White Coat Underground

Dispatch from the flu front

I got home pretty late last night. The last week or two has seen a huge rise in influenza-like illness (ILI). Late in the evening, I began to get a scratchy throat and chills, but sometimes fatigue can feel like flu. I went home and had a nice dinner and a shower and felt a bit better.

At about 3 a.m., a little knock on the bedroom door woke me from a deep sleep. My daughter walked in crying, “my throat hurts!” She never gets up in the middle of the night. My wife sent me to the other room to sleep, gave her some motrin, and lay back down. Within a half an hour, the kiddo broke into a sweat and started demanding french toast sticks. In another hour or so my wife woke me up begging for mercy. I crawled into bed with the little one and we both fell back to sleep.

So I don’t feel flu-ish this morning, but I am tired. I was listening to a local morning radio show on the way to the office and heard them talking flu. They were reporting on a woman who developed a strange neuromuscular disorder and also had received a flu shot. They were remarkably skeptical, but still, I just had to call in. The call screener told me they were done with the topic, but then they got back into it, so I called back and they put me on. They asked pretty reasonable questions, the same ones I hear every day, and actually let me de-bunk some of the myths out there. Score one for the good guys!

Tonight, barring any further flu-like symptoms, I’m off to East Lansing with friends to hear Michael Shermer speak. But I’m sure I’ll get a few flu pages during the talk. Tomorrow is a special day—my county health department is rolling out the H1N1 vaccines. My kiddo doesn’t know it yet, but we’re going to get that taken care of tomorrow, probably followed by ice cream. It’s a good thing she doesn’t read my blog, because this one is going to take some stealth.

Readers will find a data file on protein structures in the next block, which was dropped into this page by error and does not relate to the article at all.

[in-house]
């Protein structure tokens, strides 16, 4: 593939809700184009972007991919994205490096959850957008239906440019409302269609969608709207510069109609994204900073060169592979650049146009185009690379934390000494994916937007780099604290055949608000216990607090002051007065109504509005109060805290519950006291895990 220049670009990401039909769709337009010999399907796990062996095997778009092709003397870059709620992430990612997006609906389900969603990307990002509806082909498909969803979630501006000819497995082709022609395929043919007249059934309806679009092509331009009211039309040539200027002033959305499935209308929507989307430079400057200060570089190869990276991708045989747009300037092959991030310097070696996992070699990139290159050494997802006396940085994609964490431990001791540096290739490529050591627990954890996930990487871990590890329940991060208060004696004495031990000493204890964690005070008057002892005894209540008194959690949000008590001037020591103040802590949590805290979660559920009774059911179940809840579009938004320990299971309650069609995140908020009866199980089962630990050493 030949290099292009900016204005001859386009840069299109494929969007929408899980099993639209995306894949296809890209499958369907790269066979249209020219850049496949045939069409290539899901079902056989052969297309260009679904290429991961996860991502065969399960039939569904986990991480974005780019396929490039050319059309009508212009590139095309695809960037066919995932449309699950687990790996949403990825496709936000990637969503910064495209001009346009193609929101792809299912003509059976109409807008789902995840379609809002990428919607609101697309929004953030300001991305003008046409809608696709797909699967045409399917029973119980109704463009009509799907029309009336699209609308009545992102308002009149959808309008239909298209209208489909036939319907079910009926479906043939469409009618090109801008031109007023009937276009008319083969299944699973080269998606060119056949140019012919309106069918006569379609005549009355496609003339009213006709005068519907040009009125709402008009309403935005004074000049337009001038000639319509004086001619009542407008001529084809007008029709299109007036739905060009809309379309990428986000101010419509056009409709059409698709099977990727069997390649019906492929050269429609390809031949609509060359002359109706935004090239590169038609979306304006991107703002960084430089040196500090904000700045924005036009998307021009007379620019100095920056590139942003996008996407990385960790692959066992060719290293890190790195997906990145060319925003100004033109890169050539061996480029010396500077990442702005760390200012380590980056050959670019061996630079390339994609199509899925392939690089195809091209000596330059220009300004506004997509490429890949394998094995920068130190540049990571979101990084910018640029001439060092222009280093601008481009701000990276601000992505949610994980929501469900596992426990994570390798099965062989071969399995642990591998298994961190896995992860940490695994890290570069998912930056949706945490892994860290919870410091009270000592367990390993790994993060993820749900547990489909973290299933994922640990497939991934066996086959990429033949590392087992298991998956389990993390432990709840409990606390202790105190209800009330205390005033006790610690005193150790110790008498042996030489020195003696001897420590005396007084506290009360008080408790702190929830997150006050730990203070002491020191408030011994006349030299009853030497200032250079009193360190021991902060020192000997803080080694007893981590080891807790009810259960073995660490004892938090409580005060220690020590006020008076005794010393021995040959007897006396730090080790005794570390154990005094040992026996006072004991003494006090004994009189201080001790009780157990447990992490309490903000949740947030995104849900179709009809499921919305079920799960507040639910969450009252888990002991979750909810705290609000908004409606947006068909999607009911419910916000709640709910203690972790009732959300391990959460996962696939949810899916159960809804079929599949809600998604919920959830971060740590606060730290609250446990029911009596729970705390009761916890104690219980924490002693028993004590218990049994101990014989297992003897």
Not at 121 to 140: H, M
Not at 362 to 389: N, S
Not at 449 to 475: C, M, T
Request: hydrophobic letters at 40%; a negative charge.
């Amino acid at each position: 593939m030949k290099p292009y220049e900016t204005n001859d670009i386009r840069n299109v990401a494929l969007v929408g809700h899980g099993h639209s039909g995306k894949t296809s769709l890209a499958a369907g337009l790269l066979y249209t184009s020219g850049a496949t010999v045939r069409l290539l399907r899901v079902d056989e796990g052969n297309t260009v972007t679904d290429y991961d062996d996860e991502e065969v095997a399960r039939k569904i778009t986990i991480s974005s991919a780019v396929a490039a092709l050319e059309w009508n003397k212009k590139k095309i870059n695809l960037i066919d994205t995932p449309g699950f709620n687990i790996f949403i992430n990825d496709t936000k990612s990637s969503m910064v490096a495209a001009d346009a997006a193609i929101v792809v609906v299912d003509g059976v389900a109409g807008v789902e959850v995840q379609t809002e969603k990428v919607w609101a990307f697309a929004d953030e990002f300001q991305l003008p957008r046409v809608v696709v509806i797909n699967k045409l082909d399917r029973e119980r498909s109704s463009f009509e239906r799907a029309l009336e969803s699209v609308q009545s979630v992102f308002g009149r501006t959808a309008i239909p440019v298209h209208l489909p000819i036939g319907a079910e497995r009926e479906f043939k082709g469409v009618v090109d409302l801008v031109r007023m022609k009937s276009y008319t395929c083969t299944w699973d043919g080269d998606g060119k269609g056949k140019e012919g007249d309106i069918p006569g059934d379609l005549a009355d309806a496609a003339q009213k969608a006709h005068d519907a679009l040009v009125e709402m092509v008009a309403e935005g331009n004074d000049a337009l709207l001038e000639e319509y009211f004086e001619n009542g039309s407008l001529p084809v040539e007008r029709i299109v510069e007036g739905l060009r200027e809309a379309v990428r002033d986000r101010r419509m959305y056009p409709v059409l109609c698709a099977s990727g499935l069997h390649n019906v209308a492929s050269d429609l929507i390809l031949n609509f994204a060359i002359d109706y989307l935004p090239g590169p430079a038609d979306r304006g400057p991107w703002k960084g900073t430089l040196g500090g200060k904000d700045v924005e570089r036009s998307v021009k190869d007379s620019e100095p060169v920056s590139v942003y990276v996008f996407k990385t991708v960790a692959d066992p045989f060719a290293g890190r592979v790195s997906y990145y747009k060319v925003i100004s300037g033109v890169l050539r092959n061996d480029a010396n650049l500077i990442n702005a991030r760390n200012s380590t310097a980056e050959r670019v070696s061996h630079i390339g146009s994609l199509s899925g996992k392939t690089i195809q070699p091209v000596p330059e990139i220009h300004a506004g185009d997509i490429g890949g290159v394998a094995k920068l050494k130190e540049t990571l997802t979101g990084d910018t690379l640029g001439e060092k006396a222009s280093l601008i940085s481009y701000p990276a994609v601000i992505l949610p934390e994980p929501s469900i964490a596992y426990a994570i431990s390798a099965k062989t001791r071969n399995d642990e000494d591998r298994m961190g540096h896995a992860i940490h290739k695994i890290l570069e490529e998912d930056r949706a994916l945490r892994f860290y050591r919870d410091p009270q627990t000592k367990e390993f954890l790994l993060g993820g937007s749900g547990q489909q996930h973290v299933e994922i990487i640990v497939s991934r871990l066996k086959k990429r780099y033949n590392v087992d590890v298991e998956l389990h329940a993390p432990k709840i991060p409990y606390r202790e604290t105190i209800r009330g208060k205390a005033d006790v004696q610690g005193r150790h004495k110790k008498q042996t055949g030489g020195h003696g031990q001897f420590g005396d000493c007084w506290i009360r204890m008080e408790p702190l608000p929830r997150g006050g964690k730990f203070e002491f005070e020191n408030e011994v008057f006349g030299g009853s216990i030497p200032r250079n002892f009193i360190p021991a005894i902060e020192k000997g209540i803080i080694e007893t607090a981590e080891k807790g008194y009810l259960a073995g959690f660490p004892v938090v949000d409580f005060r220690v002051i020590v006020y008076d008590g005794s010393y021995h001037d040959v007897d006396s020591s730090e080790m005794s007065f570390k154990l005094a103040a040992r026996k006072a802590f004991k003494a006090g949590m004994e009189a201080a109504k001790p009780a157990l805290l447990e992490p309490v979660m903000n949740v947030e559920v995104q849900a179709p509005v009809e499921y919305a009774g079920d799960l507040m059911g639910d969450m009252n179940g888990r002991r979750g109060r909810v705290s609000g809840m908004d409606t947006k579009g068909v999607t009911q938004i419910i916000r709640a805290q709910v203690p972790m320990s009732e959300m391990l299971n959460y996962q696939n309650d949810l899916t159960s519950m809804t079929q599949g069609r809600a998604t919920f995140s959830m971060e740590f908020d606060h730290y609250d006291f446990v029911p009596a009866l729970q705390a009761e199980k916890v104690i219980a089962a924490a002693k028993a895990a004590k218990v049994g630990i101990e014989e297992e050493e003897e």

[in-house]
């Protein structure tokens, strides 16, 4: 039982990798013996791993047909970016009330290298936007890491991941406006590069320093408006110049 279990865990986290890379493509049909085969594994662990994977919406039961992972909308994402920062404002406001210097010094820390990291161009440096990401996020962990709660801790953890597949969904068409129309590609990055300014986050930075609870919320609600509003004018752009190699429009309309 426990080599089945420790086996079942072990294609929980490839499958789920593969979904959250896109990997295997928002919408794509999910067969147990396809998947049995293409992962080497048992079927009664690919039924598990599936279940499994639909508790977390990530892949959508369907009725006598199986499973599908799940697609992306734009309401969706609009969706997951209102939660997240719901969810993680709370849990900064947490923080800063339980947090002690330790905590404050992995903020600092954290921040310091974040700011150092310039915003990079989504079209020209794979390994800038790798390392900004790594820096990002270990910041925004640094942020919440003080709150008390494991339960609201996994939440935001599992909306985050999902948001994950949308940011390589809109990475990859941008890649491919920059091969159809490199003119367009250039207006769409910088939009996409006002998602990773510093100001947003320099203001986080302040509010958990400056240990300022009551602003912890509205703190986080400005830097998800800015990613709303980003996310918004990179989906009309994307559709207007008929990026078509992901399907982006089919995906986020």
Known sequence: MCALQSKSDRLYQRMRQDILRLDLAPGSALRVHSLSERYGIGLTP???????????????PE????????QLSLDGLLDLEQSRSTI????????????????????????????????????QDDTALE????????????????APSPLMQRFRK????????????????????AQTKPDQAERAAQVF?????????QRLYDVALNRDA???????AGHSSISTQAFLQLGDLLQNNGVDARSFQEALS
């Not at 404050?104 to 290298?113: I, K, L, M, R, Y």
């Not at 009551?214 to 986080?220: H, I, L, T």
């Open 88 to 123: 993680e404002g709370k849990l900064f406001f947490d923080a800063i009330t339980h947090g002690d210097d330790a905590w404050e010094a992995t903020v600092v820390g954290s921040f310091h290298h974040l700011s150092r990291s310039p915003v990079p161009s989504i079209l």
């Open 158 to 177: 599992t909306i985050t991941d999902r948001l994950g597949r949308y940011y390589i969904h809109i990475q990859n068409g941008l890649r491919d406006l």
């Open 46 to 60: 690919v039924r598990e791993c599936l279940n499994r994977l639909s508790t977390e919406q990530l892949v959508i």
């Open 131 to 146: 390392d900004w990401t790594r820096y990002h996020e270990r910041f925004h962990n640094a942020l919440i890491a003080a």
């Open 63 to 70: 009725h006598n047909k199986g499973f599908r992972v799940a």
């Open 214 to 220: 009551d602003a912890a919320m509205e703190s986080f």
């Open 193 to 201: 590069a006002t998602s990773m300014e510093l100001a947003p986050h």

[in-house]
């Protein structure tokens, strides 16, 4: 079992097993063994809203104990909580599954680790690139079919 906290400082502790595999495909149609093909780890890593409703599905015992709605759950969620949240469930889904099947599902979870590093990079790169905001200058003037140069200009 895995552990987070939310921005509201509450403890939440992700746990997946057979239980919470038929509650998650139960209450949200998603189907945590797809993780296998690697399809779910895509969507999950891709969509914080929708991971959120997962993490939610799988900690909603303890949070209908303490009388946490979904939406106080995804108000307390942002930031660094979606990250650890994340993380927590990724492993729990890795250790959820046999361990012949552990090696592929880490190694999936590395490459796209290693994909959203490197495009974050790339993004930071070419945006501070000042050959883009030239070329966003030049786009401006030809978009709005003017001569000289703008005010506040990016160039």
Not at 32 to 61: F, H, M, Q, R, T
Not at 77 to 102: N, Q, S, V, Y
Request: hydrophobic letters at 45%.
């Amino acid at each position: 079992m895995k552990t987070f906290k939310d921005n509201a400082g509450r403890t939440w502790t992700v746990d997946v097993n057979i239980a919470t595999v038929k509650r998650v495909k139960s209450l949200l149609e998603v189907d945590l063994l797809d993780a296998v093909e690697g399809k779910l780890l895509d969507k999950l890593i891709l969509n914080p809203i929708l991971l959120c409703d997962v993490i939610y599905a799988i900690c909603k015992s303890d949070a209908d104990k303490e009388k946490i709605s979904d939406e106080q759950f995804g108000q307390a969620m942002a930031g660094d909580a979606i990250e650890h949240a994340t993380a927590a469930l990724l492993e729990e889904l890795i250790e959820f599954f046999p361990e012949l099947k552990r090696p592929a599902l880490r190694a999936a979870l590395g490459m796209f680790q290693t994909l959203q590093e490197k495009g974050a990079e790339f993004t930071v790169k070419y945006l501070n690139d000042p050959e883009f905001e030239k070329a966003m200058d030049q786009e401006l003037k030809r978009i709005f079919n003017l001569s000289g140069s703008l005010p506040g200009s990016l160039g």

Comments

  1. #1 Denice Walter
    October 23, 2009

    Last night, Anderson Cooper had as a guest, one of the NY nurses(protesting mandatory H1N1 vaccines for health care workers)giving the “reasons”(sic) with which we are so familiar (plus,”I never get sick!”). Fortunately, he also had a sane doctor on, providing the opposing view.It seems the mandatory order has now been rescinded, not because of the woos’ *fabulous* legal arguments(choke) but because the vaccine is in *short supply*.In addition, searching for an H1N1 vaccine for my SO(who has asthma), I found that my state has good web info resources(NJDHSS) and a phone line,however,he’ll have to wait a while for the vaccine. Hope you guys feel better.

  2. #2 lori b
    October 23, 2009

    hmmm…hayden is home sick today too. uh oh.

  3. #3 Anonymous
    October 23, 2009

    Wait a sec. Your daughter had flu-like symptoms last night and now you’re planning on getting her a shot tomorrow? Isn’t that cutting it close? Or is that another myth?

    My son was refused a H1N1 shot yesterday at his school because the nurse thought she heard something funny in his chest. Sure enough, he has a high fever today. I knew those shots offered at school sounded too good….

  4. #4 Caro
    October 23, 2009

    I’m getting increasingly worried about the flu – I’m a risk group person (asthma – the last time I got the flu was so miserable I’m almost flu-phobic now), and I won’t get the vaccine ’til the 3rd of November. Until then, I’m keeping my fingers crossed (hoping noone with the flu comes by the pharmacy where I work)… And well rubbed in ethanol :P

    Good on you for providing correct information to the radio show and all – I’m pretty sure it made a difference to those listening. Most people, after all, will recognise reason and sense, and listen to it :D

  5. #5 PalMD
    October 23, 2009

    If the kiddo is still febrile, we probably have to put off the vaccine. If she just has a cold, and they will still let her, we’re going to do it.